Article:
Midway through the Democratic National Convention, Mitt Romney's bump in the polls has started to arrive. New polls in the key swing states of Ohio and Florida give the Republican nominee a narrow lead. Romney also leads nationally. But the new polls aren't all bad news for Obama.
Two polls in this important southern state show a close and uncertain race. A new poll released Monday by Public Policy Polling (PPP) found President Barack Obama with a one-point lead over Mitt Romney, 48 to 47 percent. The poll of 1,548 likely voters had a margin of error of 2.5 percent. This is the same result as a similar PPP poll done five weeks ago, showing no bump for Romney in Florida.
A second poll by Gravis Marketing gave Romney a 1 point lead. The poll surveyed 1,288 likely voters. They preferred Romney 48 to 47 percent, with a 2.7 percent margin of error. Both of these new polls were taken entirely after the Republican National Convention.
Another poll conducted by Gravis Marketing surveyed the Buckeye State. The poll of 1,381 registered voters gave Romney a three-point lead over Obama, 47 to 44 percent, with a margin of error of 2.9 percent. A previous Gravis Marketing poll had found Obama with the lead in this important battleground state, 45 to 44 percent. While both results are within their margins of error, Gravis has found evidence of a modest post-convention bump for Romney in Ohio.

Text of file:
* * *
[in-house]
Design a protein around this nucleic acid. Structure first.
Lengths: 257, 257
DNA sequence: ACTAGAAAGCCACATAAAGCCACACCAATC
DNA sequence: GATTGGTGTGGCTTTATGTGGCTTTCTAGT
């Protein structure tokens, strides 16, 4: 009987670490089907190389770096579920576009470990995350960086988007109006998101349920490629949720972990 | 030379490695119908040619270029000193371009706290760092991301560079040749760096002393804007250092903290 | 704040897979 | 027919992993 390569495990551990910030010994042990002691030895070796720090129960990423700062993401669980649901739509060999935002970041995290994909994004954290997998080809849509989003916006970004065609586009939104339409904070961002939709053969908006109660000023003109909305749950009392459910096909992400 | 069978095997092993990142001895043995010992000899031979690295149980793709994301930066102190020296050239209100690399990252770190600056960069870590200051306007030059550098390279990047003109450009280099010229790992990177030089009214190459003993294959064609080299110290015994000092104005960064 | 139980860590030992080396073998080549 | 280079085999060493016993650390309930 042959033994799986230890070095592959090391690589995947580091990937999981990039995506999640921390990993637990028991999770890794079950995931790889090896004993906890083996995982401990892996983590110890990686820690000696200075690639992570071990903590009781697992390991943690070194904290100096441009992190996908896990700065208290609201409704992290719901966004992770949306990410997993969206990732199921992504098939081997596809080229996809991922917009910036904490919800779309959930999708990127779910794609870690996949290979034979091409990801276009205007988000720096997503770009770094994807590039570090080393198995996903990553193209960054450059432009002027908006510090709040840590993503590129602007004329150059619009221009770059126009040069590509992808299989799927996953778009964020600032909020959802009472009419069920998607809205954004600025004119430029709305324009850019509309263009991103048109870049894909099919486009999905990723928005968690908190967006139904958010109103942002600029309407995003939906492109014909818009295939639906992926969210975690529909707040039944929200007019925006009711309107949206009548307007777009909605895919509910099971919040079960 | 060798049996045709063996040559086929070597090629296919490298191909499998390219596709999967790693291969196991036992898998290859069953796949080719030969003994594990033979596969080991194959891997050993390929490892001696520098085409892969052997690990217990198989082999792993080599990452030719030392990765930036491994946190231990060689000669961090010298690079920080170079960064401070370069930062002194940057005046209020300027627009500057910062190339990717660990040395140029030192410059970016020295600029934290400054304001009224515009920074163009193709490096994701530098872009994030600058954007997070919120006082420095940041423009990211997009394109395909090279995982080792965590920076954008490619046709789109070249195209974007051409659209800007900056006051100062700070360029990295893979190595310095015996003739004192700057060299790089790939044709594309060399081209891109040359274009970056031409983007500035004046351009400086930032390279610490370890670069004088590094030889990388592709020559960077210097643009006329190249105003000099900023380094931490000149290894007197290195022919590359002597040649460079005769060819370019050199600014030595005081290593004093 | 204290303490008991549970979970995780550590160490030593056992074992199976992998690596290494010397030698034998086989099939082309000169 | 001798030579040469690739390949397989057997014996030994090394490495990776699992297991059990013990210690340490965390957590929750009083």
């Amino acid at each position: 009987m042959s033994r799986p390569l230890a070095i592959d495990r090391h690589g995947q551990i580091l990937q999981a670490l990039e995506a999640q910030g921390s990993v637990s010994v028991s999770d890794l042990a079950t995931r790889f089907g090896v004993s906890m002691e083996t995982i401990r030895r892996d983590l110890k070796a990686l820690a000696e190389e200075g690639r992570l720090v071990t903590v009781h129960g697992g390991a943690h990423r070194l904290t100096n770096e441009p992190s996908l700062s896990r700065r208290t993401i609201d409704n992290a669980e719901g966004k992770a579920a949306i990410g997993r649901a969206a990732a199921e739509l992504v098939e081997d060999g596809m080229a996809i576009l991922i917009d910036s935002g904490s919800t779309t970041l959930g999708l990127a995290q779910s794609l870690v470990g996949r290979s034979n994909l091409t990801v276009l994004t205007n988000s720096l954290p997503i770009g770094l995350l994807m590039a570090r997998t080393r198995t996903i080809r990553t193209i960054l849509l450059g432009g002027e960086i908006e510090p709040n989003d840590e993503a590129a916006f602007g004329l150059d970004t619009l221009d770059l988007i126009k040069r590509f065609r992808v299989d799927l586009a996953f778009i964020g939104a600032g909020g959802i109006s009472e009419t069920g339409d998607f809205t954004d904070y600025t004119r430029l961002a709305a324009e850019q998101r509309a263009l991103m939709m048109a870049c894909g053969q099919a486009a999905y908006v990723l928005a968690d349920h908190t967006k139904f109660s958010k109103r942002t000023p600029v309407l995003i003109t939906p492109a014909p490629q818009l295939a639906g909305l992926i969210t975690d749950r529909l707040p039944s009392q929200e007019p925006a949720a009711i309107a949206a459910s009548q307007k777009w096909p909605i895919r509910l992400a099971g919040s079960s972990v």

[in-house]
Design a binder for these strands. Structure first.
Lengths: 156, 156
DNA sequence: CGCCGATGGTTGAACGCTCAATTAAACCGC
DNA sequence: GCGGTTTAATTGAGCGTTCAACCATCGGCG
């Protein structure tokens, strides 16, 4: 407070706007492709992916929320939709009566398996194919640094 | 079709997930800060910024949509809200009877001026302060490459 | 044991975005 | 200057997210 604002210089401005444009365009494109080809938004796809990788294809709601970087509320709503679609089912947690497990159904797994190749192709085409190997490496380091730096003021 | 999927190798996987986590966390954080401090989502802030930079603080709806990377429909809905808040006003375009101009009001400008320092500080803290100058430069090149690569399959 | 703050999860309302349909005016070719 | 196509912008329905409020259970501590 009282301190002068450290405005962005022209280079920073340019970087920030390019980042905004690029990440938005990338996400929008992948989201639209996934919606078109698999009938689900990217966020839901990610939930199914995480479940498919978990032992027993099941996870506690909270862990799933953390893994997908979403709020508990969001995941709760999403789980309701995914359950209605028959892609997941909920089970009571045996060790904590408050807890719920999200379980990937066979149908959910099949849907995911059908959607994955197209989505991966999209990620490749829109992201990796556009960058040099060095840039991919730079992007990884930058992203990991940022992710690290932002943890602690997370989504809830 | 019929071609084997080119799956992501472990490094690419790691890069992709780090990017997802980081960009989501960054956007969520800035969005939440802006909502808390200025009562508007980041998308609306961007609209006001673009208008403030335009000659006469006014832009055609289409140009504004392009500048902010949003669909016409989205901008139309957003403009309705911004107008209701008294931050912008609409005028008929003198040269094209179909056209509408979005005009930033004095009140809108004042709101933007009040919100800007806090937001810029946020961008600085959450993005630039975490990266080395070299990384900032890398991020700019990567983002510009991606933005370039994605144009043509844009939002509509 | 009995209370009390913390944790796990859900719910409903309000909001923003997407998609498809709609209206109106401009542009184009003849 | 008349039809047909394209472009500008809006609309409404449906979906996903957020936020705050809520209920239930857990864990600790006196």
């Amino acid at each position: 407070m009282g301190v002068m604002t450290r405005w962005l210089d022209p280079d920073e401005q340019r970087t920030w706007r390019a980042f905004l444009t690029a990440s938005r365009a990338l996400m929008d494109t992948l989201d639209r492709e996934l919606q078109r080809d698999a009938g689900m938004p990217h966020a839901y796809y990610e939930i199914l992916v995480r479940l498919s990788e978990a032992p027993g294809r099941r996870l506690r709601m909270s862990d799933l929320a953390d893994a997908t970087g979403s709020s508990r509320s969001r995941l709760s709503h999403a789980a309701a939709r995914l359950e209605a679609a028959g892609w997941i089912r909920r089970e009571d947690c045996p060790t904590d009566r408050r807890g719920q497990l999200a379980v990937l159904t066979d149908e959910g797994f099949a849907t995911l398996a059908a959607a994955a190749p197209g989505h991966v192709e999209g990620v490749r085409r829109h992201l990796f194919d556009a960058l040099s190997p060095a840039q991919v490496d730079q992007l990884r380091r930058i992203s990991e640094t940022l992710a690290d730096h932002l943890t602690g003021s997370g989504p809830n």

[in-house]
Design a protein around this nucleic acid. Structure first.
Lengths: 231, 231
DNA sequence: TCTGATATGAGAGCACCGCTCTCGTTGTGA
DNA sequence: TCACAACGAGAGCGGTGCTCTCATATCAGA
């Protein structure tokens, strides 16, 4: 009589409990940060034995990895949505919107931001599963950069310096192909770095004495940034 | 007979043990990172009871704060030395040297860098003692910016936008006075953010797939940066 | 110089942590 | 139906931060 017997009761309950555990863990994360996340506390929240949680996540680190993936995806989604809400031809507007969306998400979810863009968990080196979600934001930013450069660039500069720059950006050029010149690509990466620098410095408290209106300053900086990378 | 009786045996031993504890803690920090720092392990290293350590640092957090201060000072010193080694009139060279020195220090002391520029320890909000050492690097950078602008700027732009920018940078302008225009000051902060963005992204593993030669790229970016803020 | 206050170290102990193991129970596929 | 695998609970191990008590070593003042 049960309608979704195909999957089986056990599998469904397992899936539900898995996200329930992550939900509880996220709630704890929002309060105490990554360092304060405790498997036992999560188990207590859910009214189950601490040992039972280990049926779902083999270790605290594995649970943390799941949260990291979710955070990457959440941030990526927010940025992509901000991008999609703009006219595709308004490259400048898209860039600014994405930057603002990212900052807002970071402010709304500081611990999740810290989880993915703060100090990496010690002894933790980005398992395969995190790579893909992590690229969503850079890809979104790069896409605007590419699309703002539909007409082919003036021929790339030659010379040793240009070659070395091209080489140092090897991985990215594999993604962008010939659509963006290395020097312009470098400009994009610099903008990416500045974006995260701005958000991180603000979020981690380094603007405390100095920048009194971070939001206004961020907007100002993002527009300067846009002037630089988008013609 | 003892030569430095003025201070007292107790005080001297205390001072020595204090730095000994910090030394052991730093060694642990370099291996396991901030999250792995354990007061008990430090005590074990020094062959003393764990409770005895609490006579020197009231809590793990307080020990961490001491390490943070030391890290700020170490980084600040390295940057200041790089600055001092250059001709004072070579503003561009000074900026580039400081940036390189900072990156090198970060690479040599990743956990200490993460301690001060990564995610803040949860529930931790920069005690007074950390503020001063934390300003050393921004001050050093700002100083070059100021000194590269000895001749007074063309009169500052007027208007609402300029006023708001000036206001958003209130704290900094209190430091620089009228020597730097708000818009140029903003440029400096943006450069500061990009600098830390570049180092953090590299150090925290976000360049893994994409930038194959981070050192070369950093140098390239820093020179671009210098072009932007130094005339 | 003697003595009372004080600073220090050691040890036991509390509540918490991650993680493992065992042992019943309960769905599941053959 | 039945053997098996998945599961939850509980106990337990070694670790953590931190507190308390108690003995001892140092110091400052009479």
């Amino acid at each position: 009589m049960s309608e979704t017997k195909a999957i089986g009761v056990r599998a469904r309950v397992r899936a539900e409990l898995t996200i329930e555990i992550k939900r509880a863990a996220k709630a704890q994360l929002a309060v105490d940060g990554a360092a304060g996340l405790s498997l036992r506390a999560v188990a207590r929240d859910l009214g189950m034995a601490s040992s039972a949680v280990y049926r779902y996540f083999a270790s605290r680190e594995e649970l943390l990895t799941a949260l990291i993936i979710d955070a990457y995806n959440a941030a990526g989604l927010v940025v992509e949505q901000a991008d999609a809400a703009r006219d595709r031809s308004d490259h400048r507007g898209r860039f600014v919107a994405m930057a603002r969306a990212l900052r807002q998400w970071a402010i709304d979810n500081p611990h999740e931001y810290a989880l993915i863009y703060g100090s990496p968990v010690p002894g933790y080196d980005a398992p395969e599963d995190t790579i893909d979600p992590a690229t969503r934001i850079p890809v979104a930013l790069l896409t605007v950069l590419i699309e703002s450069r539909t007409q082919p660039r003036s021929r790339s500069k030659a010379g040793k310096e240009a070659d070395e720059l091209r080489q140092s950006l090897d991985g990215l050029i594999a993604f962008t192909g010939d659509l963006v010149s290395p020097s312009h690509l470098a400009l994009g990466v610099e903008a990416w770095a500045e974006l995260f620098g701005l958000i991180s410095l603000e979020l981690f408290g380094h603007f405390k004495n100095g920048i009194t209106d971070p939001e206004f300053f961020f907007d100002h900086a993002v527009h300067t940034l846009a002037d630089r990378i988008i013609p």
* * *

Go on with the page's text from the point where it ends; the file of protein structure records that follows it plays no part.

Public Policy Polling also released another poll, taken in Michigan. Obama leads in the poll by 7 points, 51 to 44 percent. The poll surveyed 815 likely voters between Aug. 31 and Sept. 1, with a margin of error of 3.4 percent. This poll is in line with most other polls of Michigan, all which give the President healthy leads. "Barack Obama probably won't come close to winning Michigan by the margin he did in 2008," said Dean Debnam, President of Public Policy Polling, in a statement released with the poll. "But he's still the very clear favorite there."
The latest national tracking polls also show an uncertain race. The Gallup Tracking poll continues to show Obama with a one-point lead over Romney, 47 to 46 percent. Obama's lead in this poll has not changed since the Republican National Convention began. The poll of more than 3,000 registered voters averages over seven days, with a margin of error of 2 percent.
The Rasmussen Tracking poll has Romney in the lead nationwide, 48 to 45 percent. Rasmussen tracks a three-day rolling average, surveying 500 likely voters each day, with a 3 percent margin of error. Both the Rasmussen and Gallup results are within the margin of error, but Rasmussen gives a stronger edge to Romney.
The most recent CNN poll had the two candidates tied at 48 percent each. The poll surveyed 735 likely voters with a 3.5 percent margin of error. A similar poll taken just before the Republican National Convention found Obama with a two-point lead, 49 to 47 percent, indicating a small bump for the Republican challenger in this poll.